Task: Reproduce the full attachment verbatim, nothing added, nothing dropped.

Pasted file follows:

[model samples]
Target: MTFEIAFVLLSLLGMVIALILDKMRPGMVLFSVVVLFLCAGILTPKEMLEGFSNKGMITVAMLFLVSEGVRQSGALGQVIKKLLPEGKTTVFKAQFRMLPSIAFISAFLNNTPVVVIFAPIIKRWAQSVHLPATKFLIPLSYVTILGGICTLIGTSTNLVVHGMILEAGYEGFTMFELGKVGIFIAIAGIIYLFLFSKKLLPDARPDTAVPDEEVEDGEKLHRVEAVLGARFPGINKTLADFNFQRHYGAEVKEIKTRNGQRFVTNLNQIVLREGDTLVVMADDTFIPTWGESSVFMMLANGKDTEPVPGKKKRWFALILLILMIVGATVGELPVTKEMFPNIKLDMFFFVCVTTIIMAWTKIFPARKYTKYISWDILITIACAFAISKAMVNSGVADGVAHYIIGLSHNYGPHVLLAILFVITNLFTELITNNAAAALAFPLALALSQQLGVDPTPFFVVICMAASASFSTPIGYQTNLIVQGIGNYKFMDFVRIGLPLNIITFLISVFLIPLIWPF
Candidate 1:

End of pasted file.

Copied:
[model samples]
Target: MTFEIAFVLLSLLGMVIALILDKMRPGMVLFSVVVLFLCAGILTPKEMLEGFSNKGMITVAMLFLVSEGVRQSGALGQVIKKLLPEGKTTVFKAQFRMLPSIAFISAFLNNTPVVVIFAPIIKRWAQSVHLPATKFLIPLSYVTILGGICTLIGTSTNLVVHGMILEAGYEGFTMFELGKVGIFIAIAGIIYLFLFSKKLLPDARPDTAVPDEEVEDGEKLHRVEAVLGARFPGINKTLADFNFQRHYGAEVKEIKTRNGQRFVTNLNQIVLREGDTLVVMADDTFIPTWGESSVFMMLANGKDTEPVPGKKKRWFALILLILMIVGATVGELPVTKEMFPNIKLDMFFFVCVTTIIMAWTKIFPARKYTKYISWDILITIACAFAISKAMVNSGVADGVAHYIIGLSHNYGPHVLLAILFVITNLFTELITNNAAAALAFPLALALSQQLGVDPTPFFVVICMAASASFSTPIGYQTNLIVQGIGNYKFMDFVRIGLPLNIITFLISVFLIPLIWPF
Candidate 1: